Nov. 6, 2015
Alumni Spotlight: Katrina Olson-Mottahed, BFA’04 (Art)
Arts alumni are an accomplished crew. They have great advice for students and fellow graduates, and know that arts degrees teach skills that are sought-after in the professional environment.
Katrina Olson-Mottahed graduated in 2004 with a Bachelor of Fine Art. She is an artist and advocate for the arts and works to make a difference to the people of Calgary who have a love and appreciation for the arts. She believes the best way to better understand and influence the path the arts are taking is to be at the heart of the organization. Katrina has been involved on the boards of Art City, Art Point Galleries & Studios, Tabestoon Festival, 2014 Heart Truth Fashion Show, Glenbow Museum’s annual fundraiser “Schmancy” and is currently Director of Art for PARK (Promoting Artists Redefining Kulture.
What is your favourite University of Calgary memory?
My favorite University of Calgary memory was my Bachelor of Fine Arts graduation show held at the Nickle Arts museum. I finally felt this huge sense of accomplishment over what I had been studying and working towards in my undergraduate career.
What was your favourite campus hang out spot?
It was either in the darkroom listening to my iPod developing prints, or in my art department studio space I shared with my classmates. All on top of the Art Parkade.
If you could give one piece of advice to a student completing the same degree that you did, what would it be?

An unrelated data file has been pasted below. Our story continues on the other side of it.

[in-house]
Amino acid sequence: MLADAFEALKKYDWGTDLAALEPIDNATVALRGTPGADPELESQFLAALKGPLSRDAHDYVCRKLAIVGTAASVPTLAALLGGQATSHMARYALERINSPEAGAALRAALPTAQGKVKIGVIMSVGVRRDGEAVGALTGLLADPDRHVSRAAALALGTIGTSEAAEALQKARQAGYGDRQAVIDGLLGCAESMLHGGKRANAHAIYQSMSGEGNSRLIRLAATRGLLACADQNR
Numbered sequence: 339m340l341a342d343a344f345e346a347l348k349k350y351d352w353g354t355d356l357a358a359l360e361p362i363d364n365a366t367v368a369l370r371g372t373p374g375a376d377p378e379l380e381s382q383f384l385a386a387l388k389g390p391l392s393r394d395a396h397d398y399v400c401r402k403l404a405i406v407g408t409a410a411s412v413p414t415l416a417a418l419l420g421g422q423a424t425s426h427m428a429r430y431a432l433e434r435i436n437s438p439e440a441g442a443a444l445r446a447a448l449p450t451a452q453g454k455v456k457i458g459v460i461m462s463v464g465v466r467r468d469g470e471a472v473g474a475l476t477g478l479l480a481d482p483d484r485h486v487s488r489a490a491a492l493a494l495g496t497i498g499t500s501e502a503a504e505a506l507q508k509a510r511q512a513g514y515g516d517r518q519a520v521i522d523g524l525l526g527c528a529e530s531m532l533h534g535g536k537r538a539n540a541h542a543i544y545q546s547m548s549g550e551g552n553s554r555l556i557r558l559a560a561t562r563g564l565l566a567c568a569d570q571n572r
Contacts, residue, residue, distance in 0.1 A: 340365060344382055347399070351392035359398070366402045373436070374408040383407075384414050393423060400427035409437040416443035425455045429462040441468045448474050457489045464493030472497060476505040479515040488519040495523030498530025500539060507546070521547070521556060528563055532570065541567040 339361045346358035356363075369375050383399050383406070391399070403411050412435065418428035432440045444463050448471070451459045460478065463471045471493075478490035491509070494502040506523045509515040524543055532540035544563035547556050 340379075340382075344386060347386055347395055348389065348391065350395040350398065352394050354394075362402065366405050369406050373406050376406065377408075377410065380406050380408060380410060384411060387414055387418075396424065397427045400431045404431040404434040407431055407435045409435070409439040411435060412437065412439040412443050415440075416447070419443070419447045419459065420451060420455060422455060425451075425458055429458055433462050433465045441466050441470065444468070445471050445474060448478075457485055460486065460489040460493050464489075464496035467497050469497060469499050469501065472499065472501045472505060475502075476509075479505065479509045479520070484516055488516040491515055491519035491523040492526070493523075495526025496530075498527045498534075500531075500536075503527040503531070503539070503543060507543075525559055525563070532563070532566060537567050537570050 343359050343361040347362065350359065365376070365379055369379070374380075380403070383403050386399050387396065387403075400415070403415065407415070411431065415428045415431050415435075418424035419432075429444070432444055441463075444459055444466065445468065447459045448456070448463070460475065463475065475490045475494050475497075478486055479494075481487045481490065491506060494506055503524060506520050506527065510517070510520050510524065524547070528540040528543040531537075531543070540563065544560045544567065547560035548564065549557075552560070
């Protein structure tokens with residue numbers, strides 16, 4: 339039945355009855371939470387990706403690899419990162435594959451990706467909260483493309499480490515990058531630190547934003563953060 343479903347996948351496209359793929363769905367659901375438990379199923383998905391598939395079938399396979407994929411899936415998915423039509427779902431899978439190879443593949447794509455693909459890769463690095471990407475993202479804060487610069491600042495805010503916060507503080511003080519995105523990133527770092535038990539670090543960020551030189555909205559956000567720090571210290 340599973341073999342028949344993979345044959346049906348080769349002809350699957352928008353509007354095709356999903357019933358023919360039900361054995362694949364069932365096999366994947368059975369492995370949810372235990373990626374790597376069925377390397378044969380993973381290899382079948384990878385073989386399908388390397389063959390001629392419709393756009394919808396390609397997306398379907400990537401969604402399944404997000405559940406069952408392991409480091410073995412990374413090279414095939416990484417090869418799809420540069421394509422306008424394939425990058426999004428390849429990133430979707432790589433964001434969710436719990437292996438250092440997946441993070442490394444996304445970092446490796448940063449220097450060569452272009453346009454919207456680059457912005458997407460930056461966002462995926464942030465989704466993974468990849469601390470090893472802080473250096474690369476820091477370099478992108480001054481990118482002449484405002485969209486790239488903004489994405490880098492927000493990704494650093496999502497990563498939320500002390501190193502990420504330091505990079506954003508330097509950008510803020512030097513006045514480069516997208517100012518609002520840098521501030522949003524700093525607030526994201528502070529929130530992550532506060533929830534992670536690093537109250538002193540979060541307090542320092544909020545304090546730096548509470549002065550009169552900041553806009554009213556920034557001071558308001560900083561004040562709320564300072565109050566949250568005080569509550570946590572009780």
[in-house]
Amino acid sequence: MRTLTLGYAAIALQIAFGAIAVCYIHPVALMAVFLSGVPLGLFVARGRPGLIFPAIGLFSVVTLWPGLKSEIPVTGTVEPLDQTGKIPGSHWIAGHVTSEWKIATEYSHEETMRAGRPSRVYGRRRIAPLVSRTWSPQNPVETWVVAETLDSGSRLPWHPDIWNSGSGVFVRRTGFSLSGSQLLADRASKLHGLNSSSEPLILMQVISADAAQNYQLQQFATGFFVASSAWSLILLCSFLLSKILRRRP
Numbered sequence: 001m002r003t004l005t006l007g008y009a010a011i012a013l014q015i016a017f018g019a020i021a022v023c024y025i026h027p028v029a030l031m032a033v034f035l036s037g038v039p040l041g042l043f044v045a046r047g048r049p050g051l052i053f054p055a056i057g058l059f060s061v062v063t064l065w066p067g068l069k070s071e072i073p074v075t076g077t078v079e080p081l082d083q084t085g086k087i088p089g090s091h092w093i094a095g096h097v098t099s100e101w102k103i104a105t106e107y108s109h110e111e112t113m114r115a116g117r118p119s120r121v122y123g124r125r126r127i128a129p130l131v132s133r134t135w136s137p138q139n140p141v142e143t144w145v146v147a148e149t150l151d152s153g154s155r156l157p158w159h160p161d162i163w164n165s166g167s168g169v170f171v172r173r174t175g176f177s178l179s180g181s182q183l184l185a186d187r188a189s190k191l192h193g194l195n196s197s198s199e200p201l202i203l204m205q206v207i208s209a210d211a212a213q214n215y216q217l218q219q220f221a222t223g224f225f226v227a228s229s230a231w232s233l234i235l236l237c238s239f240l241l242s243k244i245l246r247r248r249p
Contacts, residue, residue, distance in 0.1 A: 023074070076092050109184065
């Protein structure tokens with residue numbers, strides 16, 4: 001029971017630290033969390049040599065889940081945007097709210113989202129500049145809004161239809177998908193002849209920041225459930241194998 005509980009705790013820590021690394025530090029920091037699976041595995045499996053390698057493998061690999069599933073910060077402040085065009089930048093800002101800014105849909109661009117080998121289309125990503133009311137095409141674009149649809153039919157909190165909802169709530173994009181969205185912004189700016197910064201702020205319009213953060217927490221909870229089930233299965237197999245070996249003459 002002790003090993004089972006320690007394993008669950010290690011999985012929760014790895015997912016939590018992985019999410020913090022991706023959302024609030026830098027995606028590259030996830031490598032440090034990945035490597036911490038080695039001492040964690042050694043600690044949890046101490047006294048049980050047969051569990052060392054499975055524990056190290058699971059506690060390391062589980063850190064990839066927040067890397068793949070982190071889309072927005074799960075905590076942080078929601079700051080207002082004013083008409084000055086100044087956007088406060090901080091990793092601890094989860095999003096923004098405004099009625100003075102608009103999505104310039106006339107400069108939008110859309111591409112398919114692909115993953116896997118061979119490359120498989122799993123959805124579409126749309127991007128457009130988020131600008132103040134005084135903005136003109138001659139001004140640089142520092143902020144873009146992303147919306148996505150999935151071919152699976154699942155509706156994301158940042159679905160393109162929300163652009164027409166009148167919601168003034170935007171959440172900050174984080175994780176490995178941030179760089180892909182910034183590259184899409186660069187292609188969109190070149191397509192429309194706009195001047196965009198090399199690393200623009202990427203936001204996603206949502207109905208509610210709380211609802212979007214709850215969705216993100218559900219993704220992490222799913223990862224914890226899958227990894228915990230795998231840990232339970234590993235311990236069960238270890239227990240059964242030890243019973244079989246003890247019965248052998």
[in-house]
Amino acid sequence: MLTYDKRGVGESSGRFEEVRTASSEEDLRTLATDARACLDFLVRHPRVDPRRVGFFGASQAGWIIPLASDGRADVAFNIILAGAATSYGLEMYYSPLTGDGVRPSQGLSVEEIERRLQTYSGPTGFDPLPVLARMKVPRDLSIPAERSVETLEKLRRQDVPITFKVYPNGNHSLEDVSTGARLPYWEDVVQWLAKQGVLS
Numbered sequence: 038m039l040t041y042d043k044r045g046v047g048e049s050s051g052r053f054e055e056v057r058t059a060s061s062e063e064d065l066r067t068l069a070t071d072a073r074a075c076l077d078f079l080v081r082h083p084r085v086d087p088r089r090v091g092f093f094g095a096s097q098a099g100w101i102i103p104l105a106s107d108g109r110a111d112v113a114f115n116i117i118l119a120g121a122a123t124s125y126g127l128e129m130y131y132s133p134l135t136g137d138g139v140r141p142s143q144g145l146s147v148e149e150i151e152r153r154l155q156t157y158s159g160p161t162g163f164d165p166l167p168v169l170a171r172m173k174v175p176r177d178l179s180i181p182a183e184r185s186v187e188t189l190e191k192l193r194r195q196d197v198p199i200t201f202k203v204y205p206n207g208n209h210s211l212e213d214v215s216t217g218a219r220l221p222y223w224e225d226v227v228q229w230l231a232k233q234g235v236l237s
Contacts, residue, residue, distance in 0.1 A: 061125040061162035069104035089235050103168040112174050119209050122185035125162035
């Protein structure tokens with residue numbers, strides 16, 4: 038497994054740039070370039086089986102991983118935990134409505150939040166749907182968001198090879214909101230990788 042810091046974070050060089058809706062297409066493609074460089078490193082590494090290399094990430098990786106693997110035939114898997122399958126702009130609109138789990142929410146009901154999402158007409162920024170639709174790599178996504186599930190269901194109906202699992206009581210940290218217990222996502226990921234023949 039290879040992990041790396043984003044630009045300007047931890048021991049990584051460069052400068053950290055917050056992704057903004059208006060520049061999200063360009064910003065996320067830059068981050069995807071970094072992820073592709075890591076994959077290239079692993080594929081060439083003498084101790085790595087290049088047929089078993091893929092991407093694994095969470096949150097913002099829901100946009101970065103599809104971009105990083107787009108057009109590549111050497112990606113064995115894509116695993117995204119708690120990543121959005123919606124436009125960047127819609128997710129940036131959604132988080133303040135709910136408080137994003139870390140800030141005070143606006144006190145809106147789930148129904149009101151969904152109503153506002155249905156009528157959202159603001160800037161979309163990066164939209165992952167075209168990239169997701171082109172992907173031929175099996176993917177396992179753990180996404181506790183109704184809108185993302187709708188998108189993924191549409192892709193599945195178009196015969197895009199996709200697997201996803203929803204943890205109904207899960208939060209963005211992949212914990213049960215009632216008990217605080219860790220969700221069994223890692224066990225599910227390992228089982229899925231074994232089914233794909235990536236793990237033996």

Treat yourself as a small business. Don’t ever put limits on your creative capacity. Become as entrepreneurial as possible. As an artist, you are building a brand: You, and your product, which is your art. Get involved with as many arts organizations as possible to volunteer and gain experience in the community to diversify yourself. There are so many great ways to volunteer and put yourself out there as an artist. But it takes a lot of time, energy and innovative thinking for people to recognize your contribution. So in other words, be patient, believe in yourself and don’t get discouraged. The best way to do this is by surrounding yourself with the most supportive and nurturing people possible.
How has your career evolved?
As an artist, I do less art, and more writing, marketing, pitching ideas, meetings, concept building and general hustling than I do anything else. I have learned to be very fluid in my practice so I can suit the democratization of taste. I have realized how important community involvement is in supporting other artists and trying to educate the community on the value the arts hold in the city.
What is the best thing about your job?
The best thing about my job is, I am doing what I love. I wake up excited to write down my thoughts, check my email and drink my coffee. I build ideas that transform into experiences. I love seeing things come together at events and working alongside other creative people of various disciplines. It is all so rewarding and I feel like I am always learning.
How did your arts degree help you get to where you are now/your current career?
My arts degree helped me think outside the box. My degree pushed me to see things in a non-conventional way of problem solving. It taught me to be innovative in my approach and find new ways of doing things.
Do you have any other thoughts or memories you would like to share?
Yeah, watch the films Art School Confidential (2006) and (Untitled) (2009). Those films are a great tongue-in-cheek exploration of Art School and the Art World in general.